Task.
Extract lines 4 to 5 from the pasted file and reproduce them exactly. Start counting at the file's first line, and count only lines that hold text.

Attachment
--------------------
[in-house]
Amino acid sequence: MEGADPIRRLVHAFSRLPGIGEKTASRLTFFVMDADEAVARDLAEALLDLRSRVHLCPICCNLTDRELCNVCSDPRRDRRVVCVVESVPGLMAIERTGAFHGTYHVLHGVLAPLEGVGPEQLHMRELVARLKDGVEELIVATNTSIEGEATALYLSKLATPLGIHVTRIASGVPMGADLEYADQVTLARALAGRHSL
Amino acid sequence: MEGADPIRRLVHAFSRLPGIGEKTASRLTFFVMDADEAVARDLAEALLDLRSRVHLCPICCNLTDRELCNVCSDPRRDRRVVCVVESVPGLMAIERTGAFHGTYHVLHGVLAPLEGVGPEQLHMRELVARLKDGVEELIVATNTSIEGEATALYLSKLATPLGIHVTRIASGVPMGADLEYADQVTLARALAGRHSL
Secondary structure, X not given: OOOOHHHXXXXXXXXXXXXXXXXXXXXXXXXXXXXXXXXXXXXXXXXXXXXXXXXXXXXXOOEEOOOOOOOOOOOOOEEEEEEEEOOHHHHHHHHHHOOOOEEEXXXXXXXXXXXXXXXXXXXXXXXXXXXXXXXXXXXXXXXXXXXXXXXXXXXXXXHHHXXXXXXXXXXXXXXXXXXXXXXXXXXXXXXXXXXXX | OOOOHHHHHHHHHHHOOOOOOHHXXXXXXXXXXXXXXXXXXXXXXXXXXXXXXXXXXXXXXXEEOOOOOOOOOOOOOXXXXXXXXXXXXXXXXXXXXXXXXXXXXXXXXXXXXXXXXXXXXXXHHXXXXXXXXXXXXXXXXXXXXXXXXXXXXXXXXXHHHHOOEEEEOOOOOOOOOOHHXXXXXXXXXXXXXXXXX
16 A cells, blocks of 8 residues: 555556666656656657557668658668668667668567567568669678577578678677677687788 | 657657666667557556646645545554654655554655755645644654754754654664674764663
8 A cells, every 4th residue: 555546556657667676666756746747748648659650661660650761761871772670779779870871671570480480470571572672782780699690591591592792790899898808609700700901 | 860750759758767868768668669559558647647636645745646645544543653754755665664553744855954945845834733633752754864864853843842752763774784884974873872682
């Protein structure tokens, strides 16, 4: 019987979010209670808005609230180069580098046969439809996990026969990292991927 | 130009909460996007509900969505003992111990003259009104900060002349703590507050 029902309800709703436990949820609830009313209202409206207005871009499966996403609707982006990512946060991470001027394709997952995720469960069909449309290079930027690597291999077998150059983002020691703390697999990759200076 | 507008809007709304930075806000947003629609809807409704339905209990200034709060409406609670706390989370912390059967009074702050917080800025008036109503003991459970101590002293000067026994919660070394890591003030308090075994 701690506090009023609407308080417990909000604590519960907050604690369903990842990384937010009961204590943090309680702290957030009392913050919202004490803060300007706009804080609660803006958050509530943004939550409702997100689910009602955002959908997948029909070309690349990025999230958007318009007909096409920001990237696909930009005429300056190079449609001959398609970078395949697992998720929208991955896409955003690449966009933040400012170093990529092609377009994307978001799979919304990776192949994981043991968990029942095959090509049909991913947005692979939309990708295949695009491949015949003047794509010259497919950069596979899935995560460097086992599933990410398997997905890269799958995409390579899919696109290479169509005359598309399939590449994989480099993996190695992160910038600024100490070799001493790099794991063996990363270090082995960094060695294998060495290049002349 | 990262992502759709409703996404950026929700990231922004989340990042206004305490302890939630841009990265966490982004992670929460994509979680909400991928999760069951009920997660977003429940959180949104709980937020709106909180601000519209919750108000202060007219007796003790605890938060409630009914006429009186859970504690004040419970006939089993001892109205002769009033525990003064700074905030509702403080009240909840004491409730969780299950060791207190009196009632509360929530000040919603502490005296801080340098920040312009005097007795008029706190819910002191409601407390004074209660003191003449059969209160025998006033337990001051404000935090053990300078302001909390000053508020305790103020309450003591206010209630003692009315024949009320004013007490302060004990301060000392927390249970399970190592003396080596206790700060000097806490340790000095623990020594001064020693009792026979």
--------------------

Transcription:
Secondary structure, X not given: OOOOHHHXXXXXXXXXXXXXXXXXXXXXXXXXXXXXXXXXXXXXXXXXXXXXXXXXXXXXOOEEOOOOOOOOOOOOOEEEEEEEEOOHHHHHHHHHHOOOOEEEXXXXXXXXXXXXXXXXXXXXXXXXXXXXXXXXXXXXXXXXXXXXXXXXXXXXXXHHHXXXXXXXXXXXXXXXXXXXXXXXXXXXXXXXXXXXX | OOOOHHHHHHHHHHHOOOOOOHHXXXXXXXXXXXXXXXXXXXXXXXXXXXXXXXXXXXXXXXEEOOOOOOOOOOOOOXXXXXXXXXXXXXXXXXXXXXXXXXXXXXXXXXXXXXXXXXXXXXXHHXXXXXXXXXXXXXXXXXXXXXXXXXXXXXXXXXHHHHOOEEEEOOOOOOOOOOHHXXXXXXXXXXXXXXXXX
16 A cells, blocks of 8 residues: 555556666656656657557668658668668667668567567568669678577578678677677687788 | 657657666667557556646645545554654655554655755645644654754754654664674764663